LONDON (Reuters) - Facebook <FB.O> launched a community leadership program on Friday that will award $10 million in total to more than 100 people who have successfully built groups on the social network as part of its push to create "meaningful" interactions.
The initiative, announced at a Facebook Communities Summit in London, will give five people with a track record in creating groups up to $1 million to fund a project, Facebook's Jennifer Dulski said.
Another 100 leaders from around the world will receive up to $50,000 each, she said in an interview.
"We are looking for communities that provide meaning to the people that are in them, we are looking for initiatives that drive positive impact, and we are looking for communities that have both online and offline components," said Dulski, Facebook's head of groups and community.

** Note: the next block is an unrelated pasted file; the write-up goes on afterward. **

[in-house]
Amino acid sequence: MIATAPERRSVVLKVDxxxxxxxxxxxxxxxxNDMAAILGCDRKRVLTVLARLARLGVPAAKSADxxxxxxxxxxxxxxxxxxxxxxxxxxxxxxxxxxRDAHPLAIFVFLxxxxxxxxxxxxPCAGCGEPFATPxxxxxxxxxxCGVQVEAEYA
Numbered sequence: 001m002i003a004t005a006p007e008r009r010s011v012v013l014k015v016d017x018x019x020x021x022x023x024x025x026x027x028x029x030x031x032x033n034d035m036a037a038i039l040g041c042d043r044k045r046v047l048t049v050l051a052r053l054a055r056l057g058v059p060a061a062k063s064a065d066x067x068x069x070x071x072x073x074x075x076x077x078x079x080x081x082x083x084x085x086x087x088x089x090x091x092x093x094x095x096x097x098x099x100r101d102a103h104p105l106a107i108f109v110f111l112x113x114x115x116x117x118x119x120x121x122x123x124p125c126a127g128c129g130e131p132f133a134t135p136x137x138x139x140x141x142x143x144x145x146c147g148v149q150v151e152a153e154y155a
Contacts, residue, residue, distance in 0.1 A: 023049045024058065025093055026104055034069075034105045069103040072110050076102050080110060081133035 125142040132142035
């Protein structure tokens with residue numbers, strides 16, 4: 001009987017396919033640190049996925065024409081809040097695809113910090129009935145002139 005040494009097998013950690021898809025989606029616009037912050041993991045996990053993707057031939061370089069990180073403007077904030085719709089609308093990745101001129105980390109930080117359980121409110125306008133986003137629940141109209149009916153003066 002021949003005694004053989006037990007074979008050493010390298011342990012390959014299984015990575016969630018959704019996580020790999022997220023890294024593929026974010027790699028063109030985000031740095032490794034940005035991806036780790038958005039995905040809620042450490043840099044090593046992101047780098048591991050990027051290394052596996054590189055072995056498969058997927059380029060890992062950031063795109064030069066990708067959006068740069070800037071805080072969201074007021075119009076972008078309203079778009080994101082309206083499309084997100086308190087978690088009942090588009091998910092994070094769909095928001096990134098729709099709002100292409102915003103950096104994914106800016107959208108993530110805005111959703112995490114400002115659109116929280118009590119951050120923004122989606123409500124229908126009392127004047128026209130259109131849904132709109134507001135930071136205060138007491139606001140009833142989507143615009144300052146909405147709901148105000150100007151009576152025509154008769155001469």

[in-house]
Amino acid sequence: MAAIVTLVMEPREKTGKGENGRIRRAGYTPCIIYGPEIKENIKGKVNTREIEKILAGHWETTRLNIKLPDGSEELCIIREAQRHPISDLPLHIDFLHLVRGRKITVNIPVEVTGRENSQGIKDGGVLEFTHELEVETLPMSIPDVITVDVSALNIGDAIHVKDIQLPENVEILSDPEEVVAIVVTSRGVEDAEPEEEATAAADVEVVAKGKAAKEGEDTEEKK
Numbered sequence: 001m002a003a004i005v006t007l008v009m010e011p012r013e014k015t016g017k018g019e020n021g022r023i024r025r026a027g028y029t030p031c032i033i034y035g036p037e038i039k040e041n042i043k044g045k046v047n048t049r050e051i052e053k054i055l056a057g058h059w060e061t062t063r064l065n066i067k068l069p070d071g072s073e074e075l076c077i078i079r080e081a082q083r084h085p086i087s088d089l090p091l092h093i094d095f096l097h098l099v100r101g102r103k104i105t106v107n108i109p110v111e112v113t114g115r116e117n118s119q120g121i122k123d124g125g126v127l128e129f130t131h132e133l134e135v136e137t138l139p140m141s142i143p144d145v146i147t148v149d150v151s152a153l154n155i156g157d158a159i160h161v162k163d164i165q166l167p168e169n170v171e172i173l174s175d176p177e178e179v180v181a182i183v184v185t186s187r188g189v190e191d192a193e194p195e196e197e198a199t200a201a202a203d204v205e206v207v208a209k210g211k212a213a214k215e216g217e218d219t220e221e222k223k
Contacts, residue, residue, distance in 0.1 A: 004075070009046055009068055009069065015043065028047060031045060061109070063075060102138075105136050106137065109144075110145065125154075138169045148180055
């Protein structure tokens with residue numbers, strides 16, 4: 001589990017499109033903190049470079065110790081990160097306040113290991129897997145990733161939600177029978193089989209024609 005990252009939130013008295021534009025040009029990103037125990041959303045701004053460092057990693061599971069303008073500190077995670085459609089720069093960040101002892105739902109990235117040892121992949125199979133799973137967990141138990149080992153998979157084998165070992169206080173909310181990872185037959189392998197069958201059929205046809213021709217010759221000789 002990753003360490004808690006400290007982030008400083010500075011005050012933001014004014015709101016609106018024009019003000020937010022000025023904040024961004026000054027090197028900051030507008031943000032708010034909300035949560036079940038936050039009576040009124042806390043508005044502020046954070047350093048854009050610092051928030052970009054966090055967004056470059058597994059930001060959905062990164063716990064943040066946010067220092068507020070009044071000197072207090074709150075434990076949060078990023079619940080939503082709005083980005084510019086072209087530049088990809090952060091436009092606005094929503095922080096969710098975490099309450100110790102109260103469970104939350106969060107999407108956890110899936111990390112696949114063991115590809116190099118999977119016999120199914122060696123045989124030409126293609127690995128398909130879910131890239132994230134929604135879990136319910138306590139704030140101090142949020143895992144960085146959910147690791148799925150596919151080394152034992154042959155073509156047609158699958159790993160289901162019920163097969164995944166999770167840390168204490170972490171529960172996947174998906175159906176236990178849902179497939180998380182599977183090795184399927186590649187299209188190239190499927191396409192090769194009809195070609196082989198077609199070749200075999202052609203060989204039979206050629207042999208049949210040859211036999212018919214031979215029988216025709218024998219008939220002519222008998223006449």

Facebook's Chief Executive Mark Zuckerberg said last June that the company's new mission was "to bring the world closer together", and he set a goal of helping one billion people join "meaningful communities" built around hobbies, neighbors, churches, pets and the like.
The focus on groups came after the social network, which has 1.4 billion daily active users, had been criticized for its role in the distribution of so-called fake news.
Facebook and other internet groups such as Google's YouTube <GOOGL.O> and Twitter <TWTR.N> have also faced pressure from the European Union and European governments to do more to stem the proliferation of extremist content on their platforms.
The company's top European executive Nicola Mendelsohn said in December that the number of people working on safety on the platform would double to 20,000 by the end of 2018, including more engineers in London.
The contest is open to Facebook community leaders worldwide, with the winners chosen by a panel of independent experts and Facebook employees, Dulski said.
(Reporting by Paul Sandle; Editing by Adrian Croft)